Concepts such as ‘sustainability’, ‘development’, and ‘progress’ are central to comparative and international educational research and they carry normative assumptions that are historically produced and historically contested. Despite this, we note that there is relatively little scholarly or policy attention in our field dedicated to such histories. We suggest that historical analyses are important for making visible the operations of power through which approaches and concepts in educational research become normalised and dominant. We challenge both the ahistoricity of much scholarship in comparative education and the notion that history itself is uncontested.
Following the work of Ann Laura Stoler, history is not to be seen as ‘background’ or as ‘context’ or something that happened ‘back then’. Nor should it be used to bolster simplistic and overly romanticised narratives of ‘how far we have come’. Rather, history is active and it shapes the present . It constitutes the anticipatory politics that are at the heart of comparative education; the normative impetus to reshape different, better educational futures. This is to say, the future of our field is already historical – carrying the logics of past political economic social and cultural arrangements with it, if in different working order.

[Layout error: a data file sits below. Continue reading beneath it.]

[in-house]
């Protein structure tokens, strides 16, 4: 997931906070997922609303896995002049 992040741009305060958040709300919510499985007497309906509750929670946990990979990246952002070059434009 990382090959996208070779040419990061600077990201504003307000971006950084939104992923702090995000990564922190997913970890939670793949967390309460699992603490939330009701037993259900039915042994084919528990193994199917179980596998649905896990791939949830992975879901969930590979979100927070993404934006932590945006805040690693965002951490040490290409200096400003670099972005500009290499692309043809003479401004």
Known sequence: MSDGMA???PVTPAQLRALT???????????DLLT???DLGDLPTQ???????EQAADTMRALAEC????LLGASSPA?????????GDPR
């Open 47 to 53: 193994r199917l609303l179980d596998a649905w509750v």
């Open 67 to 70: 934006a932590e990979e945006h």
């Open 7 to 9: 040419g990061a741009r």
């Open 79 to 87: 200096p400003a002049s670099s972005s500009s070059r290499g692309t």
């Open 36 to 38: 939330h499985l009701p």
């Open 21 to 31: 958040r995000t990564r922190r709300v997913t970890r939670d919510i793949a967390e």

The global racial projects in the foundational histories of the field
In his contribution to the panel, Keita Takayama revisited the founding history of the field, looking closely at the work of the International Institute at the Teachers College (TC), Columbia University in the first few decades of the 20th century. TC established the International Institute in 1923 with a 1 million dollar gift from a Rockefeller philanthropy foundation. According to the historians of the field, the International Institute played a critical role for the early formation of comparative education. They commonly describe the institute as an active promoter of liberal and humanistic ethos of international cooperation, world peace and respect for cultural difference in the immediate aftermath of World War I human suffering and devastation. Keita argued that this was a highly selective recount of the fields’ past. He reassessed the work of the Institute within the larger geopolitics of the time, characterised by US imperial expansionism and the ideology of racial hierarchy that underpinned it. In so doing, Keita showed how TC’s International Institute was deeply complicit in the global racial project of the time.